I like to keep popsicle sticks handy to use stir sticks, and you can buy those in bulk at the craft store. Next, I usually use a separate stain-blocking primer; even if my paint has primer included, I generally use kills or Zinser interior latex primer. After that, I typically stick with water-based primers and paints, which is just a personal preference, but some people like oil-based better. I just can’t stand the fumes, and I’m usually able to get a good finish with water-based, so it works for me, and I also find it helpful to place pieces of scrap wood underneath.
Step 6: Whatever I’m painting to elevate it off the ground a bit, so it’s easier to paint the bottom edge. The key here is to apply thin coats both of your primer and your paint. I only use one coat of primer, and then I allow that to dry completely. After my primer has dried, I come back in with my sanding sponge and lightly sand the whole thing again. You just want to buff out any brushstrokes or roller marks or sand off any drips that you missed, but you don’t want to sand the primer off; just a light pass with the sanding block should suffice. I go back in with my tack cloth and remove all of the dust and
Step 7: Now, we’re going to repeat the process, but this time with paint, the key is to apply multiple thin coats instead of one thick coat. Applying thin coat sanding in between really does produce the smoothest possible finish my go-to brands of paint are Behr marquee and Benjamin Moore, and for this bench, I’m using Behr marquee in the color tricorn black. I also typically use a satin or semi-gloss finish for furniture; the glossy or the finish, the easier it is to clean, which is why I never ever use matte finish paint on furniture.
It is challenging to keep clean I repeat the same process brushing the crevices and rolling the rest; keep in mind this is your first coat so that you will see roller marks, and you won’t get a completely opaque finish just yet, and that’s okay in between coats of paint I like to wrap my roller and brush in plastic wrap to keep them from drying out and then I can just unwrap them and use them again for my next coat. I also cover the paint tray with plastic wrap, let that first coat dry, and then once again go in with your sanding block and quickly smooth it out, then wipe the dust away with your tack cloth.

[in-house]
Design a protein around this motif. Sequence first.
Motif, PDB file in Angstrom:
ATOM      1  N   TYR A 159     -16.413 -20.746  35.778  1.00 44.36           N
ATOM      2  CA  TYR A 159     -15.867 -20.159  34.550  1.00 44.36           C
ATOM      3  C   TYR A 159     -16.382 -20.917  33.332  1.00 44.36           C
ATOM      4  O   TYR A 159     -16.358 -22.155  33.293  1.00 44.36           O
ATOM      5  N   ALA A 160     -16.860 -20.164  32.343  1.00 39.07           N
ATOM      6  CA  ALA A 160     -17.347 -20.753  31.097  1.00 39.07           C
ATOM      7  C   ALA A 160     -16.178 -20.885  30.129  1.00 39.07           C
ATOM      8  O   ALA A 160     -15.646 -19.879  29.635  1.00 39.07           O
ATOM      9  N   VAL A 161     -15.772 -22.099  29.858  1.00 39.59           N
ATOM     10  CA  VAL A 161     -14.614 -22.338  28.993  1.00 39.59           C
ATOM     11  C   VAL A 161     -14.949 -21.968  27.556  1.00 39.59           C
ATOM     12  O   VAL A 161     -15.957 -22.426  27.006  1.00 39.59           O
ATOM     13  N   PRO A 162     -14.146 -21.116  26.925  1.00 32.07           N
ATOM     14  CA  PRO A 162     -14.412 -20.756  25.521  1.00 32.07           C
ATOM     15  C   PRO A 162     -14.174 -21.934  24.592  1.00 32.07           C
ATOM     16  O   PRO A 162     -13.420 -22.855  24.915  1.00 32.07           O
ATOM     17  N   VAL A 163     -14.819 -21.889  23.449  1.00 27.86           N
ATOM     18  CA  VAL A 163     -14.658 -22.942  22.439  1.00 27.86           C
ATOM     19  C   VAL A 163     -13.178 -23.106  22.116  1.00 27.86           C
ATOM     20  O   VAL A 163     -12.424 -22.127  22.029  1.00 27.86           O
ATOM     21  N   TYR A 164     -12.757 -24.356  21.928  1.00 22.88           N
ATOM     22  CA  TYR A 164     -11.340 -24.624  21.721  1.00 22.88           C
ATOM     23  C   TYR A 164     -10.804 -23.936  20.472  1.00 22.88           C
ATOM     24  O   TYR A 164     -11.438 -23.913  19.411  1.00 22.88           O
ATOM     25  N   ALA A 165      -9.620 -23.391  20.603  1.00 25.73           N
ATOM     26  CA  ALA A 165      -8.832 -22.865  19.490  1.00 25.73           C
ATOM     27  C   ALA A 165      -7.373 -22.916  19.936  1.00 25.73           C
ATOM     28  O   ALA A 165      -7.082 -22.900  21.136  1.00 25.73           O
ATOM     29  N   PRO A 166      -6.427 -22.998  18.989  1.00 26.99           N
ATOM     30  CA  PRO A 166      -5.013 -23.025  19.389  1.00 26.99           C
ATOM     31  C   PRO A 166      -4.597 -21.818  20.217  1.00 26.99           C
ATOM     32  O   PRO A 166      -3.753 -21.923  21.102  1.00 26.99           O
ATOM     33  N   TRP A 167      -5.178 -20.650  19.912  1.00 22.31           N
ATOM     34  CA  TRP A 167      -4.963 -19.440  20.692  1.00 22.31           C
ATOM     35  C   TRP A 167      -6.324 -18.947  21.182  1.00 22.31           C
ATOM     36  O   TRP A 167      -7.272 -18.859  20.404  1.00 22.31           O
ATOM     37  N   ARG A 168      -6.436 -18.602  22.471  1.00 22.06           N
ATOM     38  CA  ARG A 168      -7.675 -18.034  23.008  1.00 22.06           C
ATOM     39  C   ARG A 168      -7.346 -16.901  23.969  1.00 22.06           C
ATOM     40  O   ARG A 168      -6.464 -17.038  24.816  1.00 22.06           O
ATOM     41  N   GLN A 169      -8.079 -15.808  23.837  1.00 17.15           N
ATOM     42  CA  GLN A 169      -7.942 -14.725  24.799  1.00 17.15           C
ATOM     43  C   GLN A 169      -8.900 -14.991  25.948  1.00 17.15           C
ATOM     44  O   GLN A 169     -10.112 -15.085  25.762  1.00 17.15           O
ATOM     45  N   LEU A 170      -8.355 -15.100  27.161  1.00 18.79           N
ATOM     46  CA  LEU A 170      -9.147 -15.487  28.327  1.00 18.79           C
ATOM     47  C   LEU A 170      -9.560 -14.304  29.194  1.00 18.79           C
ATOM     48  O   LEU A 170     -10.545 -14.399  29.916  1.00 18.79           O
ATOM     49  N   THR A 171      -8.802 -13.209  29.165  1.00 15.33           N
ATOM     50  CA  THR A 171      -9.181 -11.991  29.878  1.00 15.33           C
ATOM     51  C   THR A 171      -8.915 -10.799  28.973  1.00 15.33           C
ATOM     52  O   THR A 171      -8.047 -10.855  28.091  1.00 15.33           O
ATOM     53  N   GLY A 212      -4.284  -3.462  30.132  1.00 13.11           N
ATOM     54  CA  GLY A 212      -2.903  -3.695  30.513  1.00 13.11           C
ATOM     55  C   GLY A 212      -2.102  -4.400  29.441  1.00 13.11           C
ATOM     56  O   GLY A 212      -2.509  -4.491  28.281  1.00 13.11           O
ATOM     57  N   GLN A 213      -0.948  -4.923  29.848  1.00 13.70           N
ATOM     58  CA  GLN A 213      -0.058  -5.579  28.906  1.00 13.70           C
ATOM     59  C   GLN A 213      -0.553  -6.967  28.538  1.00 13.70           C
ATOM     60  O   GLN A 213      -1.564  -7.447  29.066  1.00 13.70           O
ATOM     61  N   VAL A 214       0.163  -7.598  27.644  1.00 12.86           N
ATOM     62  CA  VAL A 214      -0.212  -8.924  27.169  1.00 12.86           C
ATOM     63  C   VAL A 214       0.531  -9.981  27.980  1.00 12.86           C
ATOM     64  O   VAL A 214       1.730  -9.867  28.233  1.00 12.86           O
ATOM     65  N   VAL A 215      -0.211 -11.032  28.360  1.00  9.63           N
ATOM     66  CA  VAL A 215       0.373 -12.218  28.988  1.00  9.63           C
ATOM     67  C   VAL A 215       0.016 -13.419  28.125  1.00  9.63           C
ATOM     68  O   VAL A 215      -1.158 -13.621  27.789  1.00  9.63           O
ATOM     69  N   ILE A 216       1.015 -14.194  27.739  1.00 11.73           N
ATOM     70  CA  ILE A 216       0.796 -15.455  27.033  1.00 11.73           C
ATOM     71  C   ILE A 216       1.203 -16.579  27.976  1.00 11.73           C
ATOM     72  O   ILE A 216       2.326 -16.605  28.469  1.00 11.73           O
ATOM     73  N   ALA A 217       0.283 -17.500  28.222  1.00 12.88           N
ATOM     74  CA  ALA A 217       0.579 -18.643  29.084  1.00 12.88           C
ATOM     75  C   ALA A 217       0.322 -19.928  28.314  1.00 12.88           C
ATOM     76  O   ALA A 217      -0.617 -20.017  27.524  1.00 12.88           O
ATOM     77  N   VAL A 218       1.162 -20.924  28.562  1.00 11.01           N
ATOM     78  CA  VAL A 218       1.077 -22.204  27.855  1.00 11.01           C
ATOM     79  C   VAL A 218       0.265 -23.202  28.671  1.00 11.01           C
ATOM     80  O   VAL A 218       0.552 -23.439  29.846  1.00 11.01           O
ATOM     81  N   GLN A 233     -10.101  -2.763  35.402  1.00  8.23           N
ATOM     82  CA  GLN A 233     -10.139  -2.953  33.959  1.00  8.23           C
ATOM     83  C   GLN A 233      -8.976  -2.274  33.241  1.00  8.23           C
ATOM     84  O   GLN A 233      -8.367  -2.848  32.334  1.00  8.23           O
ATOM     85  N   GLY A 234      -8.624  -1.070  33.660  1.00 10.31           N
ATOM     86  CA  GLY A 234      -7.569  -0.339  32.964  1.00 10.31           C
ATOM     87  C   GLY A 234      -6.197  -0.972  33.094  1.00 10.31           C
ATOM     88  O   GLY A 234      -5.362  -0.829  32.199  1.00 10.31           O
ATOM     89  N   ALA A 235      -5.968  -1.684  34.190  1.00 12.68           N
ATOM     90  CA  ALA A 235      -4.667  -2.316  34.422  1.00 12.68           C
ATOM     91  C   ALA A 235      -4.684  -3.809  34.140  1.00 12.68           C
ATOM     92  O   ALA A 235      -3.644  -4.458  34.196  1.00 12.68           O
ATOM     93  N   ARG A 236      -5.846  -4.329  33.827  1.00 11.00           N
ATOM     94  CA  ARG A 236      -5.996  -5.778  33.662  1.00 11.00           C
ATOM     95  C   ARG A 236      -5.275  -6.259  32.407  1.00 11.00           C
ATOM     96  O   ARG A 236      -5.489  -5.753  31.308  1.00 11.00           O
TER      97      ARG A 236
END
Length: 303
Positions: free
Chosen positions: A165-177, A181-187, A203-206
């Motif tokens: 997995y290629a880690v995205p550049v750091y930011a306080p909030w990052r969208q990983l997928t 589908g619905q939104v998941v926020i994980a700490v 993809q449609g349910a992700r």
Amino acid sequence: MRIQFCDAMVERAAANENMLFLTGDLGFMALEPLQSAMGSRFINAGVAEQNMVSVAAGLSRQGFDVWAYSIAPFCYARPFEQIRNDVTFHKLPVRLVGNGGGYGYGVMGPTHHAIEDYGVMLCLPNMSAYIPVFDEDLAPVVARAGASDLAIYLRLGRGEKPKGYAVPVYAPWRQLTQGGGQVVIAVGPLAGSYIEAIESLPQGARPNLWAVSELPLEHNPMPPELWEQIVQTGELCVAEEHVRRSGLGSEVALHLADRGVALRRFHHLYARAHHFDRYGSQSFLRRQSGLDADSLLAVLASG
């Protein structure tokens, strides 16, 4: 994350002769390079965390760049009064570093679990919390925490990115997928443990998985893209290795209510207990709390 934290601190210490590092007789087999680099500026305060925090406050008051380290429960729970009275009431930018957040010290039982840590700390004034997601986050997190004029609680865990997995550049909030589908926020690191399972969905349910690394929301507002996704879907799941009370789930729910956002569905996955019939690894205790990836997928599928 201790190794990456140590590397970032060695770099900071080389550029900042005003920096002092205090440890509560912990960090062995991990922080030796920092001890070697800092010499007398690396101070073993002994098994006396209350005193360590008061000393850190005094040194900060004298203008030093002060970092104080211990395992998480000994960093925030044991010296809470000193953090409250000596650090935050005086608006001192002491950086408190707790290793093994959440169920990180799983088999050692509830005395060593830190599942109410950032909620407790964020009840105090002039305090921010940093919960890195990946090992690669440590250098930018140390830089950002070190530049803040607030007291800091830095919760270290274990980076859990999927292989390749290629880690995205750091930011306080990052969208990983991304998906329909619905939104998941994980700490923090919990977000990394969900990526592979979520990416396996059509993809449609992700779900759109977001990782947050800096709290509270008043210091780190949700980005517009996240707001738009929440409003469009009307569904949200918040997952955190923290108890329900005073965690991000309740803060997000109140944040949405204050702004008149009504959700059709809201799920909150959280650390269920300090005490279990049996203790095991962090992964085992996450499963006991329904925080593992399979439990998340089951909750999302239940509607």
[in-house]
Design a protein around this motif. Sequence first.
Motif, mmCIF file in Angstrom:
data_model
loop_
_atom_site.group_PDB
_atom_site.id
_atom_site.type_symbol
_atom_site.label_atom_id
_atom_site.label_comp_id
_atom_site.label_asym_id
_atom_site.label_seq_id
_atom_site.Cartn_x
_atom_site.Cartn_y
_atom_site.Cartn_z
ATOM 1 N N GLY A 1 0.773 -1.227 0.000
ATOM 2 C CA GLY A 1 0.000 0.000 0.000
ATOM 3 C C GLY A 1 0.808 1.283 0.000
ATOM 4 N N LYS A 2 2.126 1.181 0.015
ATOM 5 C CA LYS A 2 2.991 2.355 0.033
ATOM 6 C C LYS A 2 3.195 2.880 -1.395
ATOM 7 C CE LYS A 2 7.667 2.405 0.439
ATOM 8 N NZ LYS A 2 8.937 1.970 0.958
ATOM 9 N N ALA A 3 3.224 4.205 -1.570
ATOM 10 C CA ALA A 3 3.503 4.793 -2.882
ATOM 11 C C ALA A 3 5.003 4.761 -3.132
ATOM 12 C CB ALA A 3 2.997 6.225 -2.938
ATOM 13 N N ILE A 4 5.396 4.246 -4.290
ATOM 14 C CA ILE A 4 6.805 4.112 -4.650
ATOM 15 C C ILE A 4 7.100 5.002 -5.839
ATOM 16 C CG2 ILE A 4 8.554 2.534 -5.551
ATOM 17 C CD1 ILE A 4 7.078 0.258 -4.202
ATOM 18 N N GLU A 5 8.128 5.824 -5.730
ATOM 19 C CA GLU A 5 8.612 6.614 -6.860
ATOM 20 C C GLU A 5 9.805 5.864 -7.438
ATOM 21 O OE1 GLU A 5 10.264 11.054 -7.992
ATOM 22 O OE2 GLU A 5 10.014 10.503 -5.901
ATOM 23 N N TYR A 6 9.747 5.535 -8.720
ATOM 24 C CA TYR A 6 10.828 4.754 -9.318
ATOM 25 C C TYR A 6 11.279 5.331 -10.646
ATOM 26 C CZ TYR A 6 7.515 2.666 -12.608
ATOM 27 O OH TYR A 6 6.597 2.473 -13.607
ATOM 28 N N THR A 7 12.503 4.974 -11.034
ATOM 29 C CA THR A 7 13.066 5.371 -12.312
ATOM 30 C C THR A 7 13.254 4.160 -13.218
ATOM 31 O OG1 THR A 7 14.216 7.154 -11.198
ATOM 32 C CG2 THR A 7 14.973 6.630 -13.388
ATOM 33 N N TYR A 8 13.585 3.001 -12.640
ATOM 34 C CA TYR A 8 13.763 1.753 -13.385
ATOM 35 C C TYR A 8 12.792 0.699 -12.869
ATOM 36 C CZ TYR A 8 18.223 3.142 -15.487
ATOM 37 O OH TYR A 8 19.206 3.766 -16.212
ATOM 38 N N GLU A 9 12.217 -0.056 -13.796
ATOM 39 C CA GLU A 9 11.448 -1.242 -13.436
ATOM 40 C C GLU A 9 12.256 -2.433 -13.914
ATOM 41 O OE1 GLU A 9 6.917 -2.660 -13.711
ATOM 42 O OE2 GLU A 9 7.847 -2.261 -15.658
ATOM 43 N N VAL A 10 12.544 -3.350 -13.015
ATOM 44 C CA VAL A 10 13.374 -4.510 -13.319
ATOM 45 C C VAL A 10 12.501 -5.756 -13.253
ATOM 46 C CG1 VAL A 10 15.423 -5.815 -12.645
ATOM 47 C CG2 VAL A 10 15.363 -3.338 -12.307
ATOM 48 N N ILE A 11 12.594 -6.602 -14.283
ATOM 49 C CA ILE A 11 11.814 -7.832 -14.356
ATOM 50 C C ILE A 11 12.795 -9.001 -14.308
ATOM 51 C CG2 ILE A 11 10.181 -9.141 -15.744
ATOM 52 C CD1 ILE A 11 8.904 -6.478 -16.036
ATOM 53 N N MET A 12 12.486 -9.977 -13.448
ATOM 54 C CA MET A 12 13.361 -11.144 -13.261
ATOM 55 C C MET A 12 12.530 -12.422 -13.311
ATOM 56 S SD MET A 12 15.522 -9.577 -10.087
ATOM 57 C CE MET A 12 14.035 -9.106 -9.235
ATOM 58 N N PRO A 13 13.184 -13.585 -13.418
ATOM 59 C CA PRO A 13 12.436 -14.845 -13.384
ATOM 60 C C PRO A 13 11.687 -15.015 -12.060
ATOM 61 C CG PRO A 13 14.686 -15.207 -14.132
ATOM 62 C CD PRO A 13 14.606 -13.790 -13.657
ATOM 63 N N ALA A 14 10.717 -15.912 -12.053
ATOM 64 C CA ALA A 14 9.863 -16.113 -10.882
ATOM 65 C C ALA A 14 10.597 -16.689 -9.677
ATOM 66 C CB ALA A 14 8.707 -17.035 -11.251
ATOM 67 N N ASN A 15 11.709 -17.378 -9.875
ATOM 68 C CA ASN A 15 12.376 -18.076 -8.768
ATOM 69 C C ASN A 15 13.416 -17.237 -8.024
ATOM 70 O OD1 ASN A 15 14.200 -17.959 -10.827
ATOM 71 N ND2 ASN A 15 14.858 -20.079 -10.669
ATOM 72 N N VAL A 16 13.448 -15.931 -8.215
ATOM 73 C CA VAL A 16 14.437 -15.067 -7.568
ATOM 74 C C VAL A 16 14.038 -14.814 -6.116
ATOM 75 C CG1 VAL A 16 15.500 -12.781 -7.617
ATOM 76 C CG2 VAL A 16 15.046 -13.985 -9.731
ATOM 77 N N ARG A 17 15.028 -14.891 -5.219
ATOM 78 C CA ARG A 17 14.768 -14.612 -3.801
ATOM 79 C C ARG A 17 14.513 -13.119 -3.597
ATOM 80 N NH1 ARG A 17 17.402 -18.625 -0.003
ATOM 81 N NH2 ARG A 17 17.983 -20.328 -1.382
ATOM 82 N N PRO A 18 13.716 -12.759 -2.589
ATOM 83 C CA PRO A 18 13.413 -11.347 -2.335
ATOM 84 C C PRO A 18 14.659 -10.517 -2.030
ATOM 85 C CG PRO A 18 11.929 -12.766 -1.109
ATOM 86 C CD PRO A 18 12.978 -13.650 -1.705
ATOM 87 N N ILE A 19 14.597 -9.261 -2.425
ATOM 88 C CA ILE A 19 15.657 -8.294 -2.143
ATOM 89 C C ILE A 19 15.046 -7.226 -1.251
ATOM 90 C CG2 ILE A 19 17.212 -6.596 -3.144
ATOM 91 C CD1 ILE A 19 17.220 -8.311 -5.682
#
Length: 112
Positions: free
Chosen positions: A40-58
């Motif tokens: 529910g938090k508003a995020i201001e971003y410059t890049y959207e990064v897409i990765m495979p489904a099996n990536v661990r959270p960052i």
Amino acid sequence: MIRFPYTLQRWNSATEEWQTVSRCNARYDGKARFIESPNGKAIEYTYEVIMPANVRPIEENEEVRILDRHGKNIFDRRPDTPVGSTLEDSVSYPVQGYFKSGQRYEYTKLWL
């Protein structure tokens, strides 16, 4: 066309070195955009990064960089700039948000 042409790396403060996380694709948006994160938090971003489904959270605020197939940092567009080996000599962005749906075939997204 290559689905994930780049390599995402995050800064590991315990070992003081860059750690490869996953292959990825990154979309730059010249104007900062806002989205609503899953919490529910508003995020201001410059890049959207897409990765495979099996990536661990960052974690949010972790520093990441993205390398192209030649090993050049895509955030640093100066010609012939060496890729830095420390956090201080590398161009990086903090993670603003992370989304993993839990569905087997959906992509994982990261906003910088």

Repeat the Same Process
Step 8: I usually end up applying a total of one coat of primer and two coats of paint, although depending on your paint, you may need three coats, so now this is the final coat of paint I’m applying it the same way brushing the crevices and then rolling on a thin coat this time I won’t sand.
Step 9: I get a lot of questions about whether or not you should sand between your final coat of paint and your topcoat, and the answer is No. After my second and last coat of paint has dried, it’s time to add a top coat for protection; my two favorite top coats for painted furniture are Minwax polycrylic which I usually apply with a brush, and Minwax finishes paste wax in natural.
You can use polyurethane if you prefer a super durable oil-based finish, in which case I would use satin wipe-on poly, but I prefer to use that for stained furniture, not painted furniture for this project. So I’m going to finish it with paste wax. Here’s how I apply it I wear gloves since this can get messy, and then I apply it through a couple of layers of cheesecloth. I just rub it on through the cheesecloth and then allow it to sit for about 10 to 15 minutes per the instructions on the can at that point.
Step 10: I can go back in with a clean cotton cloth and buff it to as shiny as I want it, then I allow it to cure completely before using it. Now just a quick note you can always use a paint sprayer to apply your paint, but I usually don’t do that unless I’m painting a lot of furniture or a very large piece because I despise the cleanup that comes with that, but of course, it is an option.
I hope this guide is helpful for you. If you love our guide, you can share it with your friends and social media. Also, you can read our other guides and Guides.
Read More Our Related Guides: